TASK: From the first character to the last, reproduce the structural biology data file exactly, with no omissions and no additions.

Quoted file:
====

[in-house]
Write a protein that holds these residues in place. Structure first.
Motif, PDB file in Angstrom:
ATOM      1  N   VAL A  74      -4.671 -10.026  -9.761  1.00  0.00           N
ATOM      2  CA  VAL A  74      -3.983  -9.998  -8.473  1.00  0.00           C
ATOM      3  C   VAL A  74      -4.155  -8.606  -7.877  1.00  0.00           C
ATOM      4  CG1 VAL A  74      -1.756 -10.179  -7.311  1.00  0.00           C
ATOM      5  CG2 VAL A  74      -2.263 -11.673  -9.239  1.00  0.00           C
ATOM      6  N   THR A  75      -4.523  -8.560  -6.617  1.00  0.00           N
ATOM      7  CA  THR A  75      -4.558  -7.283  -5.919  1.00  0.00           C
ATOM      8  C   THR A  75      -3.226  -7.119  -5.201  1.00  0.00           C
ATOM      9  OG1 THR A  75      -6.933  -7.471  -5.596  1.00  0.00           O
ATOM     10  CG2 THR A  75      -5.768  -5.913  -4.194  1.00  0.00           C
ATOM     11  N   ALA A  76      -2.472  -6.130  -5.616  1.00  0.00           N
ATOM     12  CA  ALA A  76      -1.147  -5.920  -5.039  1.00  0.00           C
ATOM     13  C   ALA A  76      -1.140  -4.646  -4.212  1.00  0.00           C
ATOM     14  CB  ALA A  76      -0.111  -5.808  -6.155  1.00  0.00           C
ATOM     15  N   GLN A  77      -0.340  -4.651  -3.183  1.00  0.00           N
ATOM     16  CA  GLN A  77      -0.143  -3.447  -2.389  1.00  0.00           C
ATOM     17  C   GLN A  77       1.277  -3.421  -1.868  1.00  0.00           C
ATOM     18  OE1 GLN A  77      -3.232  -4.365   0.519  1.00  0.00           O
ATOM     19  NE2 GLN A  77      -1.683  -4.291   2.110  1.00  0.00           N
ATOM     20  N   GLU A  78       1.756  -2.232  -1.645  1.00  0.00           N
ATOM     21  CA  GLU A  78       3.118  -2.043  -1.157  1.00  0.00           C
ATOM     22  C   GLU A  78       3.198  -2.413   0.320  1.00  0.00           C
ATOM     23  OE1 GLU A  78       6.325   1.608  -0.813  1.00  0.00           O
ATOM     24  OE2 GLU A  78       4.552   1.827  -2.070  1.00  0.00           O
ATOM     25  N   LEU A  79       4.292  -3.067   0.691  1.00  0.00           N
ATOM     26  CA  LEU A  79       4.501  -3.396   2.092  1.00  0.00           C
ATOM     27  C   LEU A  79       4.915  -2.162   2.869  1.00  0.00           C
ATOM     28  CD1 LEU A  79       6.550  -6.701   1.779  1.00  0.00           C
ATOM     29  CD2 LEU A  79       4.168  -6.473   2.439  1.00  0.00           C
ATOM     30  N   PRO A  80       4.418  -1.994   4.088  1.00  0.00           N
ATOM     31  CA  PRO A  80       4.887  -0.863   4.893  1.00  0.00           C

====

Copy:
[in-house]
Write a protein that holds these residues in place. Structure first.
Motif, PDB file in Angstrom:
ATOM      1  N   VAL A  74      -4.671 -10.026  -9.761  1.00  0.00           N
ATOM      2  CA  VAL A  74      -3.983  -9.998  -8.473  1.00  0.00           C
ATOM      3  C   VAL A  74      -4.155  -8.606  -7.877  1.00  0.00           C
ATOM      4  CG1 VAL A  74      -1.756 -10.179  -7.311  1.00  0.00           C
ATOM      5  CG2 VAL A  74      -2.263 -11.673  -9.239  1.00  0.00           C
ATOM      6  N   THR A  75      -4.523  -8.560  -6.617  1.00  0.00           N
ATOM      7  CA  THR A  75      -4.558  -7.283  -5.919  1.00  0.00           C
ATOM      8  C   THR A  75      -3.226  -7.119  -5.201  1.00  0.00           C
ATOM      9  OG1 THR A  75      -6.933  -7.471  -5.596  1.00  0.00           O
ATOM     10  CG2 THR A  75      -5.768  -5.913  -4.194  1.00  0.00           C
ATOM     11  N   ALA A  76      -2.472  -6.130  -5.616  1.00  0.00           N
ATOM     12  CA  ALA A  76      -1.147  -5.920  -5.039  1.00  0.00           C
ATOM     13  C   ALA A  76      -1.140  -4.646  -4.212  1.00  0.00           C
ATOM     14  CB  ALA A  76      -0.111  -5.808  -6.155  1.00  0.00           C
ATOM     15  N   GLN A  77      -0.340  -4.651  -3.183  1.00  0.00           N
ATOM     16  CA  GLN A  77      -0.143  -3.447  -2.389  1.00  0.00           C
ATOM     17  C   GLN A  77       1.277  -3.421  -1.868  1.00  0.00           C
ATOM     18  OE1 GLN A  77      -3.232  -4.365   0.519  1.00  0.00           O
ATOM     19  NE2 GLN A  77      -1.683  -4.291   2.110  1.00  0.00           N
ATOM     20  N   GLU A  78       1.756  -2.232  -1.645  1.00  0.00           N
ATOM     21  CA  GLU A  78       3.118  -2.043  -1.157  1.00  0.00           C
ATOM     22  C   GLU A  78       3.198  -2.413   0.320  1.00  0.00           C
ATOM     23  OE1 GLU A  78       6.325   1.608  -0.813  1.00  0.00           O
ATOM     24  OE2 GLU A  78       4.552   1.827  -2.070  1.00  0.00           O
ATOM     25  N   LEU A  79       4.292  -3.067   0.691  1.00  0.00           N
ATOM     26  CA  LEU A  79       4.501  -3.396   2.092  1.00  0.00           C
ATOM     27  C   LEU A  79       4.915  -2.162   2.869  1.00  0.00           C
ATOM     28  CD1 LEU A  79       6.550  -6.701   1.779  1.00  0.00           C
ATOM     29  CD2 LEU A  79       4.168  -6.473   2.439  1.00  0.00           C
ATOM     30  N   PRO A  80       4.418  -1.994   4.088  1.00  0.00           N
ATOM     31  CA  PRO A  80       4.887  -0.863   4.893  1.00  0.00           C